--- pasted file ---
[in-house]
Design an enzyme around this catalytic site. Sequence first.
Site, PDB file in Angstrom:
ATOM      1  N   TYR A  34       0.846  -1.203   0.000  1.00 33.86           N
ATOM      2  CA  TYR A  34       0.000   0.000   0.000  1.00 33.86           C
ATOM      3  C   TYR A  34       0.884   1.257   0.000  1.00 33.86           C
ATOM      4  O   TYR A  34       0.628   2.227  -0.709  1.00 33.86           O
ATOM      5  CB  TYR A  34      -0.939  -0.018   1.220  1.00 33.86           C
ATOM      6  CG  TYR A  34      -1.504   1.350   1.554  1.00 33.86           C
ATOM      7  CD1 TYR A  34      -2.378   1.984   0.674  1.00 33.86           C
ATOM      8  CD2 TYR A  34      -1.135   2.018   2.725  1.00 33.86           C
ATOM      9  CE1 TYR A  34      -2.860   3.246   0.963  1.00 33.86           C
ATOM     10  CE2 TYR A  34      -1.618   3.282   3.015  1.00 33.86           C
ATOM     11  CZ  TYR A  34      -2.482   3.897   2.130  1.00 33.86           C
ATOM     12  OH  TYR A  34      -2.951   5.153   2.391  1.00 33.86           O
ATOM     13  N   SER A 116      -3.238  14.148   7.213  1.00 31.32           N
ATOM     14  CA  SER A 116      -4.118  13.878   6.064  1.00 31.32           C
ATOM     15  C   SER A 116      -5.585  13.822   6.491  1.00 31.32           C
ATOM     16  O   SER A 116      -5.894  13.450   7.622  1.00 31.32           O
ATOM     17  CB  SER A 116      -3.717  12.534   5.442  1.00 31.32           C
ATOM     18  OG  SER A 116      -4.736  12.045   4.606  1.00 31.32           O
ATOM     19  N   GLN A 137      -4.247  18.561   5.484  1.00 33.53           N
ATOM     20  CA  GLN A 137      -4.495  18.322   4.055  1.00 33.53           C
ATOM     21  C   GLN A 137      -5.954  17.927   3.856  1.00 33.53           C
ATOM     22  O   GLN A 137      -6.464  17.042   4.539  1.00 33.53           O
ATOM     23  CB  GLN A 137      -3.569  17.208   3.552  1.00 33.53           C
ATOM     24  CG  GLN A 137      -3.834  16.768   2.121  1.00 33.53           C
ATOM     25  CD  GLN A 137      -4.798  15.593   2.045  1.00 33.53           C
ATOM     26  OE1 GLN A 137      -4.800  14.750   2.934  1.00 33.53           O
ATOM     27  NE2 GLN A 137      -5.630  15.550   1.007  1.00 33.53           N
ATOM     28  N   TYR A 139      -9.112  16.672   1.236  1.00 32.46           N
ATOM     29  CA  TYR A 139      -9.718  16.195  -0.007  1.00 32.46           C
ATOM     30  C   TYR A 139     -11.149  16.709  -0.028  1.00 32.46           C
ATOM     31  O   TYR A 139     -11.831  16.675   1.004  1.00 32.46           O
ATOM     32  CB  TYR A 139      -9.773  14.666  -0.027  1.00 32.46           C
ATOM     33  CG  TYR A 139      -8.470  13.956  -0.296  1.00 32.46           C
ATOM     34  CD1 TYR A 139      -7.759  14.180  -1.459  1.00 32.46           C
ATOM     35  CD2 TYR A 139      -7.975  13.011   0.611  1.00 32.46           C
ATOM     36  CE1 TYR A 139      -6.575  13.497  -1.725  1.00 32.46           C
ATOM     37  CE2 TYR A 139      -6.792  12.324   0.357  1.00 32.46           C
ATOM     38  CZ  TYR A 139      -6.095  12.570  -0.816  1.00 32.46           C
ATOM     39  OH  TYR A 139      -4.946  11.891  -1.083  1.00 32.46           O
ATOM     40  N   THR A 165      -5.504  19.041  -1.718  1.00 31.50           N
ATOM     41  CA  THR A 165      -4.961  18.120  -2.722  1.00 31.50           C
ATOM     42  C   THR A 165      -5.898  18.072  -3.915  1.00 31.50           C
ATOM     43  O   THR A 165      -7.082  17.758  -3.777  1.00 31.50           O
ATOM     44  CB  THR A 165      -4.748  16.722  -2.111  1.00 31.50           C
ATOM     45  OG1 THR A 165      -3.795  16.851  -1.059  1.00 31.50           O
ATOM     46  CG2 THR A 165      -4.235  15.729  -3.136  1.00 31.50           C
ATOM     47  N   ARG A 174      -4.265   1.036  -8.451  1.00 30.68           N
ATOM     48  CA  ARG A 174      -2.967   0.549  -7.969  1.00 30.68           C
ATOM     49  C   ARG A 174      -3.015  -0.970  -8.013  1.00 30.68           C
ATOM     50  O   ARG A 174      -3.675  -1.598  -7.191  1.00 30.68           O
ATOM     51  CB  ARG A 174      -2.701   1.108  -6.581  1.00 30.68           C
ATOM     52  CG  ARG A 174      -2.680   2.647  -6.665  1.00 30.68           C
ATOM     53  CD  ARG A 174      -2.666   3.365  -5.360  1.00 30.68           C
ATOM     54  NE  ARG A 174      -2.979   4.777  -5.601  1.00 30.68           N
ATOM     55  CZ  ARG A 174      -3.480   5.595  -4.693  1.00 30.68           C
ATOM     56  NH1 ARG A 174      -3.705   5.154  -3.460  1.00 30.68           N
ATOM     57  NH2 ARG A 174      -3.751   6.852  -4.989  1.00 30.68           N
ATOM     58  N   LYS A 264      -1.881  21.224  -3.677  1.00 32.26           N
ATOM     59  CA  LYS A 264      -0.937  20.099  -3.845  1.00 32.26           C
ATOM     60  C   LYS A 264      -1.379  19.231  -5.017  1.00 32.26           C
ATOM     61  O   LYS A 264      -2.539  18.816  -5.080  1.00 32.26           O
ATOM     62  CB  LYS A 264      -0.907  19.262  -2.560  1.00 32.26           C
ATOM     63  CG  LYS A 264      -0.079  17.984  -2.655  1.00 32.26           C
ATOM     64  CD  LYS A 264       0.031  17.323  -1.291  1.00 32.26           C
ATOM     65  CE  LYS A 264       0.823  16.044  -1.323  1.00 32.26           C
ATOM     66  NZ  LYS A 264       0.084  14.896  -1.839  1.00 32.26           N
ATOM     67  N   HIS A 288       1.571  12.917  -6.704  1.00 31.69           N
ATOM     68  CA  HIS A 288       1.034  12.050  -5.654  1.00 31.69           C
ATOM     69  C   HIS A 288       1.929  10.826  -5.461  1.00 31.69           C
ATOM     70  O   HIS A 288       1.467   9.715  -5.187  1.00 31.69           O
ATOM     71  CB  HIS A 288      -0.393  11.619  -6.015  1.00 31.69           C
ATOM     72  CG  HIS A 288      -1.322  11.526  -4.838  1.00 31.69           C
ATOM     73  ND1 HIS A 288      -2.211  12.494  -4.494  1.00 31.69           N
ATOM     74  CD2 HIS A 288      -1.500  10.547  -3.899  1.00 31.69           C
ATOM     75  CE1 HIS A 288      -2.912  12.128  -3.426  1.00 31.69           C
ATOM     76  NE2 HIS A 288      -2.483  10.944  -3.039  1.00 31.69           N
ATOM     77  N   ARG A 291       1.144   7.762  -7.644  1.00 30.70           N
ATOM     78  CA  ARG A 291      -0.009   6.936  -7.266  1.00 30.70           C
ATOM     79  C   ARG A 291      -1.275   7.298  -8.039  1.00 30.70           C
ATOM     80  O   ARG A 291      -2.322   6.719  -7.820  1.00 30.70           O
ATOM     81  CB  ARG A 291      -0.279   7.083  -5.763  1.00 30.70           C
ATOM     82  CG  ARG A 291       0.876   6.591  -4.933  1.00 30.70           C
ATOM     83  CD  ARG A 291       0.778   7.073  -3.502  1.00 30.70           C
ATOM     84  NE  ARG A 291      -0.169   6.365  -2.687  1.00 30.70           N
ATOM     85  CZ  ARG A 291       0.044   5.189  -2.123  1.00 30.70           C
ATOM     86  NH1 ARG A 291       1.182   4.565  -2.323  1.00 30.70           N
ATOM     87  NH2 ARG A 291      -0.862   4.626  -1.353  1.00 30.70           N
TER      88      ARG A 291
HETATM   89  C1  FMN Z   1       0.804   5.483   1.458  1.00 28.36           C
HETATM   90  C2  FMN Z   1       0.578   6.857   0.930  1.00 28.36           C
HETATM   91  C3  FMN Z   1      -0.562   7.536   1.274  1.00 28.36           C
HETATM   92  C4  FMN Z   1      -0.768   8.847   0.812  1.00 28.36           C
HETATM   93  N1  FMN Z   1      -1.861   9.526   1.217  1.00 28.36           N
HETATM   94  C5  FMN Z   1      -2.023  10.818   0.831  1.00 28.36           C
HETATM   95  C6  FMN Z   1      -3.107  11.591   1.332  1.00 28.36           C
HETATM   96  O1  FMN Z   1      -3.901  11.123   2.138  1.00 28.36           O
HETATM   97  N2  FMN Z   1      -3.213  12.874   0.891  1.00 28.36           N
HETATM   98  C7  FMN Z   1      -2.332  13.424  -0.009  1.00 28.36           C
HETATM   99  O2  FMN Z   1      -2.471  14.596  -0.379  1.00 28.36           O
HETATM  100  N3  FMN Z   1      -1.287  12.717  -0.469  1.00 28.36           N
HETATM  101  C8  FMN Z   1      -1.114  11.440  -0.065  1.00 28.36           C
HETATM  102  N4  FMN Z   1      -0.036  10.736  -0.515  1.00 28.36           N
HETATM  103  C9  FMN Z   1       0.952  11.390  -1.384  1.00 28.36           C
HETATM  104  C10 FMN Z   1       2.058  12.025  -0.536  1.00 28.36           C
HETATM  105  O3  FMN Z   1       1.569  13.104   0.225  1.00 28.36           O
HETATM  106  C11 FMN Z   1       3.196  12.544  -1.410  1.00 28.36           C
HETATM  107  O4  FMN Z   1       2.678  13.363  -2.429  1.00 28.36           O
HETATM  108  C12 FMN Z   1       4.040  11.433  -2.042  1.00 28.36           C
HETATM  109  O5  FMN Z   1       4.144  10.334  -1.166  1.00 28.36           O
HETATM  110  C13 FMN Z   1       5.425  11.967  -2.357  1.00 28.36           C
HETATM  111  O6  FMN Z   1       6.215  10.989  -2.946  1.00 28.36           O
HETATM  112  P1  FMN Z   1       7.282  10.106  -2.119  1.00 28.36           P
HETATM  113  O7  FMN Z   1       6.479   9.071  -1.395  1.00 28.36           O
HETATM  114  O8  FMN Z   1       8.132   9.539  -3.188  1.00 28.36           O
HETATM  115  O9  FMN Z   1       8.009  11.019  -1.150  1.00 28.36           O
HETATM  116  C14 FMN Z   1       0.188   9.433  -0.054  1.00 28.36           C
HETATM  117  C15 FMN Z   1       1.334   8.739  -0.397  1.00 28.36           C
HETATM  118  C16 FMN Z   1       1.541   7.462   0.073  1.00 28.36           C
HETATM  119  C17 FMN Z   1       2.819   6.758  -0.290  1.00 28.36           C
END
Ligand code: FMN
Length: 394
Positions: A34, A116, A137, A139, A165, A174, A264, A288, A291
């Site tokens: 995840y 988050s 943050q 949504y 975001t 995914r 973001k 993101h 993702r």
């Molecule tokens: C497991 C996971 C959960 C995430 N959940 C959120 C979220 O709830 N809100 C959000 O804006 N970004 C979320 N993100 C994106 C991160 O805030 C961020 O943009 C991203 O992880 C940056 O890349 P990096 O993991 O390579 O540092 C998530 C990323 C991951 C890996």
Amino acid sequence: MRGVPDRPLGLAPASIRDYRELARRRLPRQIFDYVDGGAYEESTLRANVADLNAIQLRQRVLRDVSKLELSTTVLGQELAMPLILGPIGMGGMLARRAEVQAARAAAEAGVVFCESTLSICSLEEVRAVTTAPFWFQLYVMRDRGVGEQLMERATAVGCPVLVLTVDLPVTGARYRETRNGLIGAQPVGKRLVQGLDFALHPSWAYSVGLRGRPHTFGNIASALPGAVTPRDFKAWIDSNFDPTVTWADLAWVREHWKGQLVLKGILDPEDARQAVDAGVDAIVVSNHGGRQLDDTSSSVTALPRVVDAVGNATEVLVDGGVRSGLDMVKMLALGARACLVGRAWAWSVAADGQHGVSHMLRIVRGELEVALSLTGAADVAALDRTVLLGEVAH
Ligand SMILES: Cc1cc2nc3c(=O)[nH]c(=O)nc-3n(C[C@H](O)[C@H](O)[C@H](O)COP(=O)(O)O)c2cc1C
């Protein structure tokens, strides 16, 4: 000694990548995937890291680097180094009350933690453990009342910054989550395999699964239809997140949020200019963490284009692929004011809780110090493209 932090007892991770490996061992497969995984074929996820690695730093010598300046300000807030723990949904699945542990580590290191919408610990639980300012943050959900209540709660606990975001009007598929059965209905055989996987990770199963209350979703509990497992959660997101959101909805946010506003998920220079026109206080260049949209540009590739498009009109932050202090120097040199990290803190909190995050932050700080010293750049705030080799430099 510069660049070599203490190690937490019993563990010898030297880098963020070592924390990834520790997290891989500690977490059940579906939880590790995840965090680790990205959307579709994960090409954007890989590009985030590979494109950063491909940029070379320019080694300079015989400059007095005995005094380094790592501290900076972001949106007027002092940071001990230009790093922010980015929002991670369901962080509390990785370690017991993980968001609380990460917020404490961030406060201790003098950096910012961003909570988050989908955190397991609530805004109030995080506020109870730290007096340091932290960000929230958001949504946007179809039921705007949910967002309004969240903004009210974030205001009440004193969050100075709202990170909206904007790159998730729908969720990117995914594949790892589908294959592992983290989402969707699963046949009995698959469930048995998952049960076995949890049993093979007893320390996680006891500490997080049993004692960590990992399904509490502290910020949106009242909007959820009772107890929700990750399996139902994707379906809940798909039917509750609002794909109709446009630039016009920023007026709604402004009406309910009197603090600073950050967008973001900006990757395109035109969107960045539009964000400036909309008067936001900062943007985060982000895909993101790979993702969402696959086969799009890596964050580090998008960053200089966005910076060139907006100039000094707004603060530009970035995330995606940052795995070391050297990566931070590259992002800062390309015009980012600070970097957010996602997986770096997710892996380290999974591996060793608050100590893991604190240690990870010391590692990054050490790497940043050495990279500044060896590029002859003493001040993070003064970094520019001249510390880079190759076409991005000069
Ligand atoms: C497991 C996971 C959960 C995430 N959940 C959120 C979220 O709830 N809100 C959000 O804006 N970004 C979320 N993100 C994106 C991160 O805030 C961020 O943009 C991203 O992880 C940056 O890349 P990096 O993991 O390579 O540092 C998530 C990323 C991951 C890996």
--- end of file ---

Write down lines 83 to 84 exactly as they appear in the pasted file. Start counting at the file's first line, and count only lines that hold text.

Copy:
ATOM     80  O   ARG A 291      -2.322   6.719  -7.820  1.00 30.70           O
ATOM     81  CB  ARG A 291      -0.279   7.083  -5.763  1.00 30.70           C